* BAWAG PSK repaying 350 million euros in Austrian state aid
* CEO says no sale process under way despite rumours
* Cerberus, GoldenTree inject more equity into bank
* Net profit in 2013 more than doubles to 229 mln euros
By Michael Shields
VIENNA, March 13 Austrian lender BAWAG PSK
is repaying all its state aid after strengthening
its balance sheet and more than doubling 2013 profits,
beautifying the bank for a potential sale that Chief Executive
Byron Haynes insisted was not imminent.
BAWAG, owned by U.S. investor Cerberus Capital Management
, is one of six Austrian banks to come under direct
European Central Bank supervision after stress tests this year,
a review the Vienna-based lender said it was eagerly awaiting.
As a sign of confidence, the bank will repay on Friday the
remaining 350 million euros ($487 million) in non-voting capital
it got from the state to ride out the financial crisis, it said
on Thursday. It had repaid 200 million last year.
Its balance sheet was beefed up last year by a 200 million
euro share issue that gave U.S. asset manager GoldenTree a stake
of nearly 40 percent. Shareholders injected another 125 million
euros this week, BAWAG said.
Haynes told reporters that was a sign of faith by its two
big shareholders, who he said contributed equally to the capital
increase. He dismissed persistent speculation that Cerberus was
readying to exit the BAWAG investment it made in 2007.
"Those are only rumours. There is no sales process out there
and our shareholders continue to be very supportive to this
institution," he said.
BAWAG is embroiled in a legal fight with the Austrian city
of Linz over a swap transaction from 2007. It reiterated it
expected to win the case but said it was open to a settlement
and would pursue the case through legal appeals if needed.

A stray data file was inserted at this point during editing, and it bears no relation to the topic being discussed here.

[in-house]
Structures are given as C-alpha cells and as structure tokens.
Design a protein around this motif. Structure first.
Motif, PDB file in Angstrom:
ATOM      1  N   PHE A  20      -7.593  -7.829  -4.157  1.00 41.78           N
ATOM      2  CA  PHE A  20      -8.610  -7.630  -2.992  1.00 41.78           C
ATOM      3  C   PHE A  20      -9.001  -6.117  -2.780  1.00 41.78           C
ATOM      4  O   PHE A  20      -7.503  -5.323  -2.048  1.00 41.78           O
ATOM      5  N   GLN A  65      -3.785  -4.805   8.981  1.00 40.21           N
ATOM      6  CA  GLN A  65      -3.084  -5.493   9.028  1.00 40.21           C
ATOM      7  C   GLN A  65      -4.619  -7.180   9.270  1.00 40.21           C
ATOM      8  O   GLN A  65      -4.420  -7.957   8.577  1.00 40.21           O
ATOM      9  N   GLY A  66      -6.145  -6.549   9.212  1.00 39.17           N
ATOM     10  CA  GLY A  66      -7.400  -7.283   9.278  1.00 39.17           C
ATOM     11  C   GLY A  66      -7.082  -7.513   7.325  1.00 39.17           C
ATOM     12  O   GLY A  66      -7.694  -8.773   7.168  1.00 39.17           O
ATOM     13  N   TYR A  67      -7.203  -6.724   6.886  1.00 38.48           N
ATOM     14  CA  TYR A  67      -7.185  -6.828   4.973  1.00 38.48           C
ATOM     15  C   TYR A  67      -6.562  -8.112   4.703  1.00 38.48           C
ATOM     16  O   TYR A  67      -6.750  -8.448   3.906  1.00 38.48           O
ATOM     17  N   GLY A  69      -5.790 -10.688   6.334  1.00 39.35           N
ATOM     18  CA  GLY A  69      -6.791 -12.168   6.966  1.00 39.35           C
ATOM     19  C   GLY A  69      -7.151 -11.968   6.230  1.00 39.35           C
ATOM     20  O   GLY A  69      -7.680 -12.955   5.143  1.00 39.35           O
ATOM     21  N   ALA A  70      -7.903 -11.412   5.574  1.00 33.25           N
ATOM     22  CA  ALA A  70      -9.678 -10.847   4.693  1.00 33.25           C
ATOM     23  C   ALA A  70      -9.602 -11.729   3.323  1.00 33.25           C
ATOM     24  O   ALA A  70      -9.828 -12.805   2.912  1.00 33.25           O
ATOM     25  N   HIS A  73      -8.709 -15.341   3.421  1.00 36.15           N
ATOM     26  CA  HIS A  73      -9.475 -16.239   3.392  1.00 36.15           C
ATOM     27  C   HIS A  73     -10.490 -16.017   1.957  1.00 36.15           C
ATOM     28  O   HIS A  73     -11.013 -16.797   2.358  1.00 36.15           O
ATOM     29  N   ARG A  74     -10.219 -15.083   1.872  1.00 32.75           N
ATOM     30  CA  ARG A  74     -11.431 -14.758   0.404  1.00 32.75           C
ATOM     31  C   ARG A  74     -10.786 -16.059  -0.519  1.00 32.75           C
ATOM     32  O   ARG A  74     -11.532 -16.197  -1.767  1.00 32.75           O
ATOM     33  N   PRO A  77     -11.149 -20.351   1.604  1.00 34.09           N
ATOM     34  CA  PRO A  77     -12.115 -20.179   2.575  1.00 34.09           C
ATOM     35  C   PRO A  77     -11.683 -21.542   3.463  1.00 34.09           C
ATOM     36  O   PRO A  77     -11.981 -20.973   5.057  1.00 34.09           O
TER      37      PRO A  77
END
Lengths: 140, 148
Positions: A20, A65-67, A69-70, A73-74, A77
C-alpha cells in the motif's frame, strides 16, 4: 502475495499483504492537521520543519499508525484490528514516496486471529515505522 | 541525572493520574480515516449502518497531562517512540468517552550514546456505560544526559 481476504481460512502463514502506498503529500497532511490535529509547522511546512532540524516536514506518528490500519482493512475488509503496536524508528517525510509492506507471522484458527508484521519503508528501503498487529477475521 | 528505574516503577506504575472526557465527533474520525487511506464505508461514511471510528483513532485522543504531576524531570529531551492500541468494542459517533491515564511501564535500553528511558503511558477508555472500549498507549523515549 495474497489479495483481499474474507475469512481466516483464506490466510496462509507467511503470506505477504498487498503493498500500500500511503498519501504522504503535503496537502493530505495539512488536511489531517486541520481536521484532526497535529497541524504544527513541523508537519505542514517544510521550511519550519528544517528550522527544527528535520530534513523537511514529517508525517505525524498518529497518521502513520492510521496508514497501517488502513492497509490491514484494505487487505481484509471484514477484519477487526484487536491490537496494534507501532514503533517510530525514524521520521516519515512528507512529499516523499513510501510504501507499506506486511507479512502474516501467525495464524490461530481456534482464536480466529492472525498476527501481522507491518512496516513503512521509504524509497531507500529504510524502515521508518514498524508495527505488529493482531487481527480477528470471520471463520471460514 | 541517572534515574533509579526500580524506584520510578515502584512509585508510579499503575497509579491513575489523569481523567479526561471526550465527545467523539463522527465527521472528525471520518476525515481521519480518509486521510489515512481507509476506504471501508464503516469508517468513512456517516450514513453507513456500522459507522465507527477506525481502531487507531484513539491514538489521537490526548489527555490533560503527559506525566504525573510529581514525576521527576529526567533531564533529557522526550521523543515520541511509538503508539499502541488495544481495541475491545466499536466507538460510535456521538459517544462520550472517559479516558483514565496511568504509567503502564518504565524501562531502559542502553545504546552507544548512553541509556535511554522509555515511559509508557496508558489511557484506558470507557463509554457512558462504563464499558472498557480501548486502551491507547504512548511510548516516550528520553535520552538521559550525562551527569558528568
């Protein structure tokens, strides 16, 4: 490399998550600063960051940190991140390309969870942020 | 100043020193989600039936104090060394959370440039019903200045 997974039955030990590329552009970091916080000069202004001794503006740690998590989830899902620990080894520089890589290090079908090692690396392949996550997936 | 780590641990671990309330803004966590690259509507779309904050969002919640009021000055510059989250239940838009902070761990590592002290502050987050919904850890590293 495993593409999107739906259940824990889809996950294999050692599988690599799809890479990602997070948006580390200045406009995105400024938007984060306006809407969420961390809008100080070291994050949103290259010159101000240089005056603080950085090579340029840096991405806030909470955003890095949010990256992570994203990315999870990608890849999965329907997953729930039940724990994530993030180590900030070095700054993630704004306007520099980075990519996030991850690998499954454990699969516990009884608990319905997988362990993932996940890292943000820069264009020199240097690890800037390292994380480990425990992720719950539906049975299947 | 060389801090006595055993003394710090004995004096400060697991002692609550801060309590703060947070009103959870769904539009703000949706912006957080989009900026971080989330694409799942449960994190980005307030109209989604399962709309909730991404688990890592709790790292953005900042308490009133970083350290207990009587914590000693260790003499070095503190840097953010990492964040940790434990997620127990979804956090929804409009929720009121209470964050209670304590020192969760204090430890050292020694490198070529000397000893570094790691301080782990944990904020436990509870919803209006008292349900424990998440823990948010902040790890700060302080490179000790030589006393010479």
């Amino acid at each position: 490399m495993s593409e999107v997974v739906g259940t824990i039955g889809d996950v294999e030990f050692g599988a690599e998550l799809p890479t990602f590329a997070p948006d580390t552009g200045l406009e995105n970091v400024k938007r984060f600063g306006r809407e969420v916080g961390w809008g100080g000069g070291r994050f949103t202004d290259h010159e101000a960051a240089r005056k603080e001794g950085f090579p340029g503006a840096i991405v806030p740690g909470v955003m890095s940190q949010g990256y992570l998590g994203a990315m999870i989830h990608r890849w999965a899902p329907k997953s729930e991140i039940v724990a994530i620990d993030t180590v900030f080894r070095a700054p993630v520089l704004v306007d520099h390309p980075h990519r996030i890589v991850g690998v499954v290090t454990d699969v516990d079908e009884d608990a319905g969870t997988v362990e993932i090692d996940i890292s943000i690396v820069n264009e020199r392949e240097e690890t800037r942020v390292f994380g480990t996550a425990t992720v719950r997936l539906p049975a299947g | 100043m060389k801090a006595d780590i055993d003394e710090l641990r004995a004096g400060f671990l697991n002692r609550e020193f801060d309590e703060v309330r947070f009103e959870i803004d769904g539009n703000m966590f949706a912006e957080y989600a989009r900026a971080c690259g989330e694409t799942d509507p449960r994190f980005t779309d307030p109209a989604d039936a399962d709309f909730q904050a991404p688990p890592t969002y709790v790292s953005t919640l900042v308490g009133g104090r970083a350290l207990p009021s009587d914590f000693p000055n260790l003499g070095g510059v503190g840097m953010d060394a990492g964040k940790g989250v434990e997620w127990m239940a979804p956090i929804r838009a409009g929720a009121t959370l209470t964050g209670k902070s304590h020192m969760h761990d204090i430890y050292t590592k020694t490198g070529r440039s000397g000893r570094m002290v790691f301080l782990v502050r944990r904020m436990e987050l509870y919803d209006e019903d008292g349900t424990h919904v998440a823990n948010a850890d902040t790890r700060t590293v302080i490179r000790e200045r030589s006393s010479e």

BAWAG had a fully-loaded Basel III core equity tier 1 ratio
of 9.4 percent of risk-weighted assets at the end of 2013 -
easily surpassing minimum requirements and its own 9 percent
goal - and said it aimed to boost that above 10 percent in 2014.
BAWAG has slashed its balance sheet in a drive to cut risk
and non-core assets while boosting capital efficiency. Total
assets have fallen 11 percent since 2011 to 36.4 billion at
Despite higher restructuring expenses, 2013 net profit more
than doubled to 229 million euros thanks to sharp gains on
financial instruments, a 5.1 percent drop in core operating
expenses and a decline in risk costs of more than a third.
Its non-performing loan ratio fell to 3.4 percent last year.
BAWAG targeted a return on equity above 10 percent this
year, a rise in its Austrian retail lending market share to
above 8.5 percent from 8 in 2013, and a cut in core operating
expenses to below 500 million euros from 574 million in 2013.
BAWAG's partnership with Austrian Post gives it a
network of 477 branches across the country to complement its
Unlike rivals such as Erste Group, Raiffeisen Bank
International and UniCredit Bank Austria,
BAWAG is exiting central and eastern Europe to focus on stabler
economies in Austria, Germany, Britain and western Europe.
"We look west, they look east," new finance chief Anas
Abuzaakouk said, saying the macroeconomic environment in western
Europe made it more attractive than emerging markets to the east
that Austrian rivals see as offering more growth potential.
BAWAG's CEE loan book has shrunk to 700 million euros, less
than 2 percent of total assets, and is headed even lower.